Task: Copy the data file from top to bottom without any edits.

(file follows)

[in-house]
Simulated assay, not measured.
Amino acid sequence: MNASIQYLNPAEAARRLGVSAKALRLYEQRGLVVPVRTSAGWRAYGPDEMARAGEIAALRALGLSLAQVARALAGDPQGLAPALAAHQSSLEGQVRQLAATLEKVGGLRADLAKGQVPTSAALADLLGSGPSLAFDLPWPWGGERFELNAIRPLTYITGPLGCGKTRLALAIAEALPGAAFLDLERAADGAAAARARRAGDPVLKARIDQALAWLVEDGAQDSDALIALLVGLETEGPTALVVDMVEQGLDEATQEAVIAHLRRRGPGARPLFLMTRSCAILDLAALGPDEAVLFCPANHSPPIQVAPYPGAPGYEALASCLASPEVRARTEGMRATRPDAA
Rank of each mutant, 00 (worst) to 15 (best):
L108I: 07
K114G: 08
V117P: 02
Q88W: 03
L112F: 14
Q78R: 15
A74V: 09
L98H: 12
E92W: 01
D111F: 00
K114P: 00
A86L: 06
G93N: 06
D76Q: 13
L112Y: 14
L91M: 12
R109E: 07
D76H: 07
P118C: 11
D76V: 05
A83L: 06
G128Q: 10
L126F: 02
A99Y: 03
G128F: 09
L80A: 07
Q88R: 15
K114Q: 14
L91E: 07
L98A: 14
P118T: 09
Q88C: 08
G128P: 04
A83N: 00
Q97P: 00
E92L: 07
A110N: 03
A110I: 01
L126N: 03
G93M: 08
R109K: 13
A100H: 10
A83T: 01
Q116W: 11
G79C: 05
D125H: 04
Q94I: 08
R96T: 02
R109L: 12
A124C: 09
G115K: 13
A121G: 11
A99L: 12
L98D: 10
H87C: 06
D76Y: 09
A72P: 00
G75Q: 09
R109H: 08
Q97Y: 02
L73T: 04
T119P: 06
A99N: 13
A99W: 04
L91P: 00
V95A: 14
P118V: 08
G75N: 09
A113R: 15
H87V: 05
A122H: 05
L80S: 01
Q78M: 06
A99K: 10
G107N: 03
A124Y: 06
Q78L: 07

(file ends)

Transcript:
[in-house]
Simulated assay, not measured.
Amino acid sequence: MNASIQYLNPAEAARRLGVSAKALRLYEQRGLVVPVRTSAGWRAYGPDEMARAGEIAALRALGLSLAQVARALAGDPQGLAPALAAHQSSLEGQVRQLAATLEKVGGLRADLAKGQVPTSAALADLLGSGPSLAFDLPWPWGGERFELNAIRPLTYITGPLGCGKTRLALAIAEALPGAAFLDLERAADGAAAARARRAGDPVLKARIDQALAWLVEDGAQDSDALIALLVGLETEGPTALVVDMVEQGLDEATQEAVIAHLRRRGPGARPLFLMTRSCAILDLAALGPDEAVLFCPANHSPPIQVAPYPGAPGYEALASCLASPEVRARTEGMRATRPDAA
Rank of each mutant, 00 (worst) to 15 (best):
L108I: 07
K114G: 08
V117P: 02
Q88W: 03
L112F: 14
Q78R: 15
A74V: 09
L98H: 12
E92W: 01
D111F: 00
K114P: 00
A86L: 06
G93N: 06
D76Q: 13
L112Y: 14
L91M: 12
R109E: 07
D76H: 07
P118C: 11
D76V: 05
A83L: 06
G128Q: 10
L126F: 02
A99Y: 03
G128F: 09
L80A: 07
Q88R: 15
K114Q: 14
L91E: 07
L98A: 14
P118T: 09
Q88C: 08
G128P: 04
A83N: 00
Q97P: 00
E92L: 07
A110N: 03
A110I: 01
L126N: 03
G93M: 08
R109K: 13
A100H: 10
A83T: 01
Q116W: 11
G79C: 05
D125H: 04
Q94I: 08
R96T: 02
R109L: 12
A124C: 09
G115K: 13
A121G: 11
A99L: 12
L98D: 10
H87C: 06
D76Y: 09
A72P: 00
G75Q: 09
R109H: 08
Q97Y: 02
L73T: 04
T119P: 06
A99N: 13
A99W: 04
L91P: 00
V95A: 14
P118V: 08
G75N: 09
A113R: 15
H87V: 05
A122H: 05
L80S: 01
Q78M: 06
A99K: 10
G107N: 03
A124Y: 06
Q78L: 07